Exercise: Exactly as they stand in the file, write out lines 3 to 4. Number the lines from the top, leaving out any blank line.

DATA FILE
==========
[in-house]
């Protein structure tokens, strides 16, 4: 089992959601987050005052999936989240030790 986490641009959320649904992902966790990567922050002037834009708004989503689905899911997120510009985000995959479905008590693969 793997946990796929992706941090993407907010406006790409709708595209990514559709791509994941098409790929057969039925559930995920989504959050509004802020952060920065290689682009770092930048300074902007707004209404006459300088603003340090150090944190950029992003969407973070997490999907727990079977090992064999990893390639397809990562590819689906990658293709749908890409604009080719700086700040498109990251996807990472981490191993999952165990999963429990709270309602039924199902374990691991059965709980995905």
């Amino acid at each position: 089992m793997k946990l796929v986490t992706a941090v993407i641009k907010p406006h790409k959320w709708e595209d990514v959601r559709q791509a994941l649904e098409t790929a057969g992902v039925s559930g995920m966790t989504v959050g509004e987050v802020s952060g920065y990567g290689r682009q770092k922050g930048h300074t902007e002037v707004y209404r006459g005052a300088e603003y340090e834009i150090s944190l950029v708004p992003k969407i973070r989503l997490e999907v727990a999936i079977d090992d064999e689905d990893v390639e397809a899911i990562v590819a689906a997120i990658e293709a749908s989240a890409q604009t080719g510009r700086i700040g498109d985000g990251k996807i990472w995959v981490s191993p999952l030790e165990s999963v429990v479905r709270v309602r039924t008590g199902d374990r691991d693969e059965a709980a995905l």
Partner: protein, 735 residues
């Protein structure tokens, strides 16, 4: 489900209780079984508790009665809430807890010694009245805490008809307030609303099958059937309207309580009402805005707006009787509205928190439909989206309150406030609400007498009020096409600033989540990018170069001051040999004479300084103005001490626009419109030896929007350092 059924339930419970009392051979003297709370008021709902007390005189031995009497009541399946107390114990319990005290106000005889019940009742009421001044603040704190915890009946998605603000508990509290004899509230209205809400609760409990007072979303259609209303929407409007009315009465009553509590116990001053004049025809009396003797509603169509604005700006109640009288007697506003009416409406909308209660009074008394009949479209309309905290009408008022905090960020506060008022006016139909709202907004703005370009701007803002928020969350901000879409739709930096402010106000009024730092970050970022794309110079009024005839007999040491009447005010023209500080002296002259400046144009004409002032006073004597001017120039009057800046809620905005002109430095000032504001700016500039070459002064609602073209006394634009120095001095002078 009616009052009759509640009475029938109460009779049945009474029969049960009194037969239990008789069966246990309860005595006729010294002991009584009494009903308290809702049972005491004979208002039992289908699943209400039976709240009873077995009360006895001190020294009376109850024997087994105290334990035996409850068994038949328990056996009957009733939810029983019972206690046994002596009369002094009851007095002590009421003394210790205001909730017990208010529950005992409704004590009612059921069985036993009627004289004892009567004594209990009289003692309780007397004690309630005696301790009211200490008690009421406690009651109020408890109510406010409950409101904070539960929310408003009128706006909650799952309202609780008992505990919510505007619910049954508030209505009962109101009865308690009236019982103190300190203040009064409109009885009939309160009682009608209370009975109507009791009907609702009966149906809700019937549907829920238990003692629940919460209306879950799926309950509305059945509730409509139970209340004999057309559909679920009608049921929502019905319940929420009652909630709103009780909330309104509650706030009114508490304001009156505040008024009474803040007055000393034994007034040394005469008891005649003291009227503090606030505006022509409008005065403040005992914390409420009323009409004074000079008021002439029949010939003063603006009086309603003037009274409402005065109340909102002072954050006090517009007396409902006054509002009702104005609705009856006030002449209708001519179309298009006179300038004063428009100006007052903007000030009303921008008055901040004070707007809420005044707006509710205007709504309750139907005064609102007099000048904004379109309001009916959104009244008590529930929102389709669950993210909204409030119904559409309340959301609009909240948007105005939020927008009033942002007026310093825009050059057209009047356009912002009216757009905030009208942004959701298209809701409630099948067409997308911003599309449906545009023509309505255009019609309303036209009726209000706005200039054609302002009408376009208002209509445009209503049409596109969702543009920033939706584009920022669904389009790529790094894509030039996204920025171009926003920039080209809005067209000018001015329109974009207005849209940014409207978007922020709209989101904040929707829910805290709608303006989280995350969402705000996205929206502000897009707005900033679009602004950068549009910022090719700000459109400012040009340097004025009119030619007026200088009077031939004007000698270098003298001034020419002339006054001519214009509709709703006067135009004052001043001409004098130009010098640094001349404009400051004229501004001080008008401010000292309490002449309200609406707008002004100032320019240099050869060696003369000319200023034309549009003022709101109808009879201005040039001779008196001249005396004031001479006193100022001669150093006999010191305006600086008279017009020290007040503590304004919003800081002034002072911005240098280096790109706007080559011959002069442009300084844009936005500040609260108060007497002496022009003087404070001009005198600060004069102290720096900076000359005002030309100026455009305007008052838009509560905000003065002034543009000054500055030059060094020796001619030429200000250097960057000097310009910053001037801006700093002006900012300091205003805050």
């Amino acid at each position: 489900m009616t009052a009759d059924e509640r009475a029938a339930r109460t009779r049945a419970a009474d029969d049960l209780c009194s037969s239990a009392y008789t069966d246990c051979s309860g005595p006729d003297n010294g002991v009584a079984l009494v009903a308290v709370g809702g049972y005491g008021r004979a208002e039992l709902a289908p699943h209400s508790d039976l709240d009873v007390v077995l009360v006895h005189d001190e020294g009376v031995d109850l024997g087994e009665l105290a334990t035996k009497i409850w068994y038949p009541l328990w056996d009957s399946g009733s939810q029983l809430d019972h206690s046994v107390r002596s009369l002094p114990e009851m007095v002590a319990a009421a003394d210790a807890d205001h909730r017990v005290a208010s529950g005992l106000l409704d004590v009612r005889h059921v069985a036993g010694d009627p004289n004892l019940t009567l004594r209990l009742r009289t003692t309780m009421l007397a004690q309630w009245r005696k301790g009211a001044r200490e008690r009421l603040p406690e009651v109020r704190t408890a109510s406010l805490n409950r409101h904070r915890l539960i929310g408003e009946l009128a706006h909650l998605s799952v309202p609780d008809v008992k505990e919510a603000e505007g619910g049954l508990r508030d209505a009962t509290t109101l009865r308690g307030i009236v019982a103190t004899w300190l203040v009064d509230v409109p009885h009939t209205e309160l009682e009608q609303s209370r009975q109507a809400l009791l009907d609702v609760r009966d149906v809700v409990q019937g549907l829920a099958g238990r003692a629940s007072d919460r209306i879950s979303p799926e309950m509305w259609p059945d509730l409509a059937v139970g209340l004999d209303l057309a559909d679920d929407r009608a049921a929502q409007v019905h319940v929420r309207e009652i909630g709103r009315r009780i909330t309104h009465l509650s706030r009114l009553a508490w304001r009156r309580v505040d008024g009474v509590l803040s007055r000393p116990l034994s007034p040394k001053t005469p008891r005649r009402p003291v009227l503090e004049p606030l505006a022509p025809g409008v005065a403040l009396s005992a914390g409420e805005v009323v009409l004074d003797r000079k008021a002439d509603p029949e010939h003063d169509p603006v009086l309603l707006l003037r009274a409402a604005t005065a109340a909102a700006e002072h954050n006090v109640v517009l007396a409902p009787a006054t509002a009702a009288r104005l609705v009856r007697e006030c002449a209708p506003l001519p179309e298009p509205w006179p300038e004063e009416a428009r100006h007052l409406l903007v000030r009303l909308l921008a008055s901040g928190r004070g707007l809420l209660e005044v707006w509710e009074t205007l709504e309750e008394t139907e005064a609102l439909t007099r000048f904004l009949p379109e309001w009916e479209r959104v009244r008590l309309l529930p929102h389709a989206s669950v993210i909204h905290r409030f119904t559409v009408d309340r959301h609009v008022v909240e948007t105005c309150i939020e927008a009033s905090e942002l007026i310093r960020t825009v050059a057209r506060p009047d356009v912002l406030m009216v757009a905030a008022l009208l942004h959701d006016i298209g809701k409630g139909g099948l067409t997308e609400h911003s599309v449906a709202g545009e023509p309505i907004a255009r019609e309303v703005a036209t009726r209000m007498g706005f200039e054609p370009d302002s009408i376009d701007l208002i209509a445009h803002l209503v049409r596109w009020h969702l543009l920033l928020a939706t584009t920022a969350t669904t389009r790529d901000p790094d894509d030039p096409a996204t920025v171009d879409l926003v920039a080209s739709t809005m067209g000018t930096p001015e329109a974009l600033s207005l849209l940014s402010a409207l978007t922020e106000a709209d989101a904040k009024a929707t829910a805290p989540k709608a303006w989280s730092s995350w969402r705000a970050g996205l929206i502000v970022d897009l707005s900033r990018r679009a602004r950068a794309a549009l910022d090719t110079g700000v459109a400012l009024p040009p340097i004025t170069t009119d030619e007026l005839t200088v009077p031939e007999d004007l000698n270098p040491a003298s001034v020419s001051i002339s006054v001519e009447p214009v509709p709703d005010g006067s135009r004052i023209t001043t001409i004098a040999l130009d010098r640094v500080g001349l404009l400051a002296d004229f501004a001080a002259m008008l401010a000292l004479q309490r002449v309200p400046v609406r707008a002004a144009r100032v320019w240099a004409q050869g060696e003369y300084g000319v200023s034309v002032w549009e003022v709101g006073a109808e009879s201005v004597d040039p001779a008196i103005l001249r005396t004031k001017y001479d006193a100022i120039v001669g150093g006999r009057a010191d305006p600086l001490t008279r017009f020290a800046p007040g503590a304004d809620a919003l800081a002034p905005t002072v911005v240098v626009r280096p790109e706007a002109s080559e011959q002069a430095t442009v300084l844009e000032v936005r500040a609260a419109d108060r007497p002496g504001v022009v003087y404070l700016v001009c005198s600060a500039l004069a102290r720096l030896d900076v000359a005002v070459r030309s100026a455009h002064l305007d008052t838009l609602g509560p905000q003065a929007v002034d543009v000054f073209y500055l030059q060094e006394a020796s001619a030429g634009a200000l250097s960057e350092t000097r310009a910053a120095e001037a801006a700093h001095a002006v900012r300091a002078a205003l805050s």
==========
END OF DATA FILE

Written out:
């Amino acid at each position: 089992m793997k946990l796929v986490t992706a941090v993407i641009k907010p406006h790409k959320w709708e595209d990514v959601r559709q791509a994941l649904e098409t790929a057969g992902v039925s559930g995920m966790t989504v959050g509004e987050v802020s952060g920065y990567g290689r682009q770092k922050g930048h300074t902007e002037v707004y209404r006459g005052a300088e603003y340090e834009i150090s944190l950029v708004p992003k969407i973070r989503l997490e999907v727990a999936i079977d090992d064999e689905d990893v390639e397809a899911i990562v590819a689906a997120i990658e293709a749908s989240a890409q604009t080719g510009r700086i700040g498109d985000g990251k996807i990472w995959v981490s191993p999952l030790e165990s999963v429990v479905r709270v309602r039924t008590g199902d374990r691991d693969e059965a709980a995905l």
Partner: protein, 735 residues